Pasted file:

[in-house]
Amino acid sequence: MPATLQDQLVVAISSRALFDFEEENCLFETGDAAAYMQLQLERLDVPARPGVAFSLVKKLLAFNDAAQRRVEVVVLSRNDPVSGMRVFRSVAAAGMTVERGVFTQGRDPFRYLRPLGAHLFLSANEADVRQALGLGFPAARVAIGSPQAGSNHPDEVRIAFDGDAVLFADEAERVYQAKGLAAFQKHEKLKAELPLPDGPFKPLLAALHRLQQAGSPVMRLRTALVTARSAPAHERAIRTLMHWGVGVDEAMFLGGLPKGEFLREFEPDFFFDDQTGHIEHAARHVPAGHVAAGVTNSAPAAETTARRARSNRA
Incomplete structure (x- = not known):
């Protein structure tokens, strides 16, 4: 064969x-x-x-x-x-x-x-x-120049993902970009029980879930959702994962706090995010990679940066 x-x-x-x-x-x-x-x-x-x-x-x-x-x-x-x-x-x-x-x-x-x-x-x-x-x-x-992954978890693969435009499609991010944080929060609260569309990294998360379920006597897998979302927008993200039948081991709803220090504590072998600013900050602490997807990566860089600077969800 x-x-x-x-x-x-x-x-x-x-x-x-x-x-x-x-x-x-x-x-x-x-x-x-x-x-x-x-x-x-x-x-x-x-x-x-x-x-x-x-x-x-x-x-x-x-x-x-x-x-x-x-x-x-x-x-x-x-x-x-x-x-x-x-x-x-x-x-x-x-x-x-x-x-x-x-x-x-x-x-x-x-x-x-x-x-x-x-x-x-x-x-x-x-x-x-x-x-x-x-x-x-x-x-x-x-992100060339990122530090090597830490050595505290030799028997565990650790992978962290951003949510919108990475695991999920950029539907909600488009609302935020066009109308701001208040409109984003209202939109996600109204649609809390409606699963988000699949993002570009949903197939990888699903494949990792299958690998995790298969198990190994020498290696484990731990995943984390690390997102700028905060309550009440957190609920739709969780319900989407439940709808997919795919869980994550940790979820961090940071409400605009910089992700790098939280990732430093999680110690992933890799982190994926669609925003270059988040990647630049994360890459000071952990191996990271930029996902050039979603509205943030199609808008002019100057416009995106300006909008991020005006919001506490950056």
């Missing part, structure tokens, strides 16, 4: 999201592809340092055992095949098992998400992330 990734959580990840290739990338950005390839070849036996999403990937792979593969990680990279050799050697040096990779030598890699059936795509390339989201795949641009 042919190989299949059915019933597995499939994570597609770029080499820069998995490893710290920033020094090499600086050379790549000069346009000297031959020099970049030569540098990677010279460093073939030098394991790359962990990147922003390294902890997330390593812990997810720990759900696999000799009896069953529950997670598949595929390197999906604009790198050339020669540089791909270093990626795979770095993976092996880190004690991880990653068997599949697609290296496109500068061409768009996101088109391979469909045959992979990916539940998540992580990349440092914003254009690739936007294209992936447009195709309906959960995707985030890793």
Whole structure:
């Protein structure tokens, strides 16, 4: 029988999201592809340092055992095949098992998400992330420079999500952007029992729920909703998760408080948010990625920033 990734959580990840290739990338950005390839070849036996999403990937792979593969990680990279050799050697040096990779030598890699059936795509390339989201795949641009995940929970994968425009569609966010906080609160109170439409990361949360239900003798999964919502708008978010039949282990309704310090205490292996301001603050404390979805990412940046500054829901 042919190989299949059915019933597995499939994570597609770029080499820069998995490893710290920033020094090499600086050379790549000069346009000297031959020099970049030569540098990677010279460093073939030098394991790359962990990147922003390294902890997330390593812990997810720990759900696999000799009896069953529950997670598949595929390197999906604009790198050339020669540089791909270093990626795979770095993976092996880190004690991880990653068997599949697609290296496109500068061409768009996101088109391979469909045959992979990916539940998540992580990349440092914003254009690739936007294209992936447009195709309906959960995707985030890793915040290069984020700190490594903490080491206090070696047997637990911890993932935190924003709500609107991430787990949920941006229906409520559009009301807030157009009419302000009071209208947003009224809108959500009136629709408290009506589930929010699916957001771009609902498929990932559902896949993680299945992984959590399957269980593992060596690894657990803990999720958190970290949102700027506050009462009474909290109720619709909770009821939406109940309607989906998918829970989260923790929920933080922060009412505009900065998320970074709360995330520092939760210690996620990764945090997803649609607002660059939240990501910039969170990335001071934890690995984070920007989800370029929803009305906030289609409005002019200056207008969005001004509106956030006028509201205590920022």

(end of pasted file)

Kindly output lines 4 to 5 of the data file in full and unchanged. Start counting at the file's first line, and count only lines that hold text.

């Protein structure tokens, strides 16, 4: 064969x-x-x-x-x-x-x-x-120049993902970009029980879930959702994962706090995010990679940066 x-x-x-x-x-x-x-x-x-x-x-x-x-x-x-x-x-x-x-x-x-x-x-x-x-x-x-992954978890693969435009499609991010944080929060609260569309990294998360379920006597897998979302927008993200039948081991709803220090504590072998600013900050602490997807990566860089600077969800 x-x-x-x-x-x-x-x-x-x-x-x-x-x-x-x-x-x-x-x-x-x-x-x-x-x-x-x-x-x-x-x-x-x-x-x-x-x-x-x-x-x-x-x-x-x-x-x-x-x-x-x-x-x-x-x-x-x-x-x-x-x-x-x-x-x-x-x-x-x-x-x-x-x-x-x-x-x-x-x-x-x-x-x-x-x-x-x-x-x-x-x-x-x-x-x-x-x-x-x-x-x-x-x-x-x-992100060339990122530090090597830490050595505290030799028997565990650790992978962290951003949510919108990475695991999920950029539907909600488009609302935020066009109308701001208040409109984003209202939109996600109204649609809390409606699963988000699949993002570009949903197939990888699903494949990792299958690998995790298969198990190994020498290696484990731990995943984390690390997102700028905060309550009440957190609920739709969780319900989407439940709808997919795919869980994550940790979820961090940071409400605009910089992700790098939280990732430093999680110690992933890799982190994926669609925003270059988040990647630049994360890459000071952990191996990271930029996902050039979603509205943030199609808008002019100057416009995106300006909008991020005006919001506490950056």
């Missing part, structure tokens, strides 16, 4: 999201592809340092055992095949098992998400992330 990734959580990840290739990338950005390839070849036996999403990937792979593969990680990279050799050697040096990779030598890699059936795509390339989201795949641009 042919190989299949059915019933597995499939994570597609770029080499820069998995490893710290920033020094090499600086050379790549000069346009000297031959020099970049030569540098990677010279460093073939030098394991790359962990990147922003390294902890997330390593812990997810720990759900696999000799009896069953529950997670598949595929390197999906604009790198050339020669540089791909270093990626795979770095993976092996880190004690991880990653068997599949697609290296496109500068061409768009996101088109391979469909045959992979990916539940998540992580990349440092914003254009690739936007294209992936447009195709309906959960995707985030890793």